I am glad this has happened. Apple can not ignore these test results from Consumer Reports. Whenever I have made a claim about an Apple product to AppleCare, they seem to express the claim as a surprise. "We never heard this before" is always their initial response. I am concerned because Apple will try to discredit CR then try and solve the problem. I do not trust Schiller... he is in charge of marketing hence "the cover up."  Sorry, Tim Cook should be addressing this issue.
    ... If there is an issue at all. Apple can clearly describe the tests the battery estimations are based on. CR cannot clearly explain their tests. And this is all this article is about.

    Here are Apple's explanations. Footnote #2 quoted below :
    http://www.apple.com/macbook-pro/specs/
    1. ...
    2. Testing conducted by Apple in October 2016 using preproduction 2.0GHz dual-core Intel Core i5-based 13-inch MacBook Pro systems with a 256GB SSD and 8GB of RAM (wireless web test, iTunes movie playback test, and standby test). Testing conducted by Apple in October 2016 using preproduction 2.9GHz dual-core Intel Core i5-based 13-inch MacBook Pro systems with a 512GB SSD and 8GB of RAM (wireless web test and iTunes movie playback test) and preproduction 2.9GHz dual-core Intel Core i5-based 13-inch MacBook Pro systems with a 256GB SSD and 8GB of RAM (standby test). The wireless web test measures battery life by wirelessly browsing 25 popular websites with display brightness set to 12 clicks from bottom or 75%. The iTunes movie playback test measures battery life by playing back HD 1080p content with display brightness set to 12 clicks from bottom or 75%. The standby test measures battery life by allowing a system, connected to a wireless network and signed in to an iCloud account, to enter standby mode with Safari and Mail applications launched and all system settings left at default. Battery life varies by use and configuration. See www.apple.com/batteries for more information.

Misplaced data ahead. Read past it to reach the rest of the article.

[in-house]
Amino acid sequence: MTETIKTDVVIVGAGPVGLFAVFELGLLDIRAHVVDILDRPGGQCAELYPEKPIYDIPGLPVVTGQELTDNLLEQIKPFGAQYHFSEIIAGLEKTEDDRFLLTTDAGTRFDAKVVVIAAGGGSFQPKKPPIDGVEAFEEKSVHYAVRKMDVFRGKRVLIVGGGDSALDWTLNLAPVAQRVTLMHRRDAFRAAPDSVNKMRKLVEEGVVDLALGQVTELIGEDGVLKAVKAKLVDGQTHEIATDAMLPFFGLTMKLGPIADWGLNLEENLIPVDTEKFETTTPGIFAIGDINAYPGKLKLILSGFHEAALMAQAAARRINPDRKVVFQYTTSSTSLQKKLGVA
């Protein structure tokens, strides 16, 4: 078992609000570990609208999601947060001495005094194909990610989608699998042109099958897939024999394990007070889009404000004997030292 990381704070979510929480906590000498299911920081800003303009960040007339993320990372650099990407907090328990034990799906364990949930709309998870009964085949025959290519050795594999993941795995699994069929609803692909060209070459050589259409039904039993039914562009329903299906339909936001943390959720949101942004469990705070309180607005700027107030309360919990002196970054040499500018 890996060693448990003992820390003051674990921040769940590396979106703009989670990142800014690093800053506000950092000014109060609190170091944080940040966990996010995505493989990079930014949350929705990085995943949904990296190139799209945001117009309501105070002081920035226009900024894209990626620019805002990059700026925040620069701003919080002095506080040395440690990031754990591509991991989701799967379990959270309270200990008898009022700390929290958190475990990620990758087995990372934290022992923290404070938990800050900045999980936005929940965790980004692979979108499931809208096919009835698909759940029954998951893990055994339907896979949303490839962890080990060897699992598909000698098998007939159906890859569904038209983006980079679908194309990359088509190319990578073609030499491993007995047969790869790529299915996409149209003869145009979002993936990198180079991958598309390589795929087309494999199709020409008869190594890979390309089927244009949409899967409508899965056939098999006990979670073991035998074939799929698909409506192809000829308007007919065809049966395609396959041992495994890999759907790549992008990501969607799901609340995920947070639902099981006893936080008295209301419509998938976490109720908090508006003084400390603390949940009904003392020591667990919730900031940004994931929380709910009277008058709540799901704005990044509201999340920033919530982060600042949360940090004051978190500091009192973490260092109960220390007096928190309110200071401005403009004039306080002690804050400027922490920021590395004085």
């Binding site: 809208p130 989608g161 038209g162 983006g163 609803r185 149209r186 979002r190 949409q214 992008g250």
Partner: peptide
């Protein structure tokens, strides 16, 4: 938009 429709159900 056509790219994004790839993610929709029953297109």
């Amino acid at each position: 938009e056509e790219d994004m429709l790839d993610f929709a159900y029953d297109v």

edited December 2016 roundaboutnowpscooter63pulseimagesjumpcutterRayz2016watto_cobra
  • Reply 80 of 147

    Rayz2016 said:
    Rayz2016 said:
    Soli said:
    Do they just buy a single MBP for their testing?
    They bought two machines: a 13-inch and a 15-inch model. Ideally they should have bought two of each, but I'm not sure it would have made a difference in this case. 
    How would two of each help? What if one pair had shown inconsistent results, the other consistent? Get a third, tie-breaker pair? 

    The only relevant question is, did they do anything differently in this front then what they have done in the past with Apple and non-Apple products in these types of tests. Everything else is cherry-picking or sour-graping the results of the tests. 

    Okay, let me introduce you to a little testing methodology I like to call 'leaving no stone unturned'. With the internet and its mum screaming that every other Macbook Pro has a failing battery, then I would have bought two machines of each configuration to make sure that I wasn't looking at a hardware problem. If I'm seeing the same problem with the same test on all machines, then chances are we're looking at a problem with the software. If some of the machines behave normally and one or two of the mentions exhibit the odd behaviour, then I would be leaning towards a problem with the hardware.